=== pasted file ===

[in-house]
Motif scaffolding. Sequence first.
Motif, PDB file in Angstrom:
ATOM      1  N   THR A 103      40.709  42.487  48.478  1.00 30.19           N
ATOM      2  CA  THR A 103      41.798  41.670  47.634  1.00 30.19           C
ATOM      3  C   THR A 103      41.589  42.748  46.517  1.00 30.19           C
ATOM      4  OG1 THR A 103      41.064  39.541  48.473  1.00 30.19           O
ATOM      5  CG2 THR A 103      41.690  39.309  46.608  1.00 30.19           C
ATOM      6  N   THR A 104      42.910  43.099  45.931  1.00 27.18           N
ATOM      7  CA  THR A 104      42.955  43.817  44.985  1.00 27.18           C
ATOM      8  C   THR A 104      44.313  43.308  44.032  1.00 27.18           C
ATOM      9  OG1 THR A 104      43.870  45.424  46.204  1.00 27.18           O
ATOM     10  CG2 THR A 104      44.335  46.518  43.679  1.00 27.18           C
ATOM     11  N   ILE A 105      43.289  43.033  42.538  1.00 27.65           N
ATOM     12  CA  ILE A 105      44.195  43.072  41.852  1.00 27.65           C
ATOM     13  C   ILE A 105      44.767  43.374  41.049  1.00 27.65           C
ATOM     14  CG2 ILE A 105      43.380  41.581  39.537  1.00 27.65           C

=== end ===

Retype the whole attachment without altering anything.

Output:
[in-house]
Motif scaffolding. Sequence first.
Motif, PDB file in Angstrom:
ATOM      1  N   THR A 103      40.709  42.487  48.478  1.00 30.19           N
ATOM      2  CA  THR A 103      41.798  41.670  47.634  1.00 30.19           C
ATOM      3  C   THR A 103      41.589  42.748  46.517  1.00 30.19           C
ATOM      4  OG1 THR A 103      41.064  39.541  48.473  1.00 30.19           O
ATOM      5  CG2 THR A 103      41.690  39.309  46.608  1.00 30.19           C
ATOM      6  N   THR A 104      42.910  43.099  45.931  1.00 27.18           N
ATOM      7  CA  THR A 104      42.955  43.817  44.985  1.00 27.18           C
ATOM      8  C   THR A 104      44.313  43.308  44.032  1.00 27.18           C
ATOM      9  OG1 THR A 104      43.870  45.424  46.204  1.00 27.18           O
ATOM     10  CG2 THR A 104      44.335  46.518  43.679  1.00 27.18           C
ATOM     11  N   ILE A 105      43.289  43.033  42.538  1.00 27.65           N
ATOM     12  CA  ILE A 105      44.195  43.072  41.852  1.00 27.65           C
ATOM     13  C   ILE A 105      44.767  43.374  41.049  1.00 27.65           C
ATOM     14  CG2 ILE A 105      43.380  41.581  39.537  1.00 27.65           C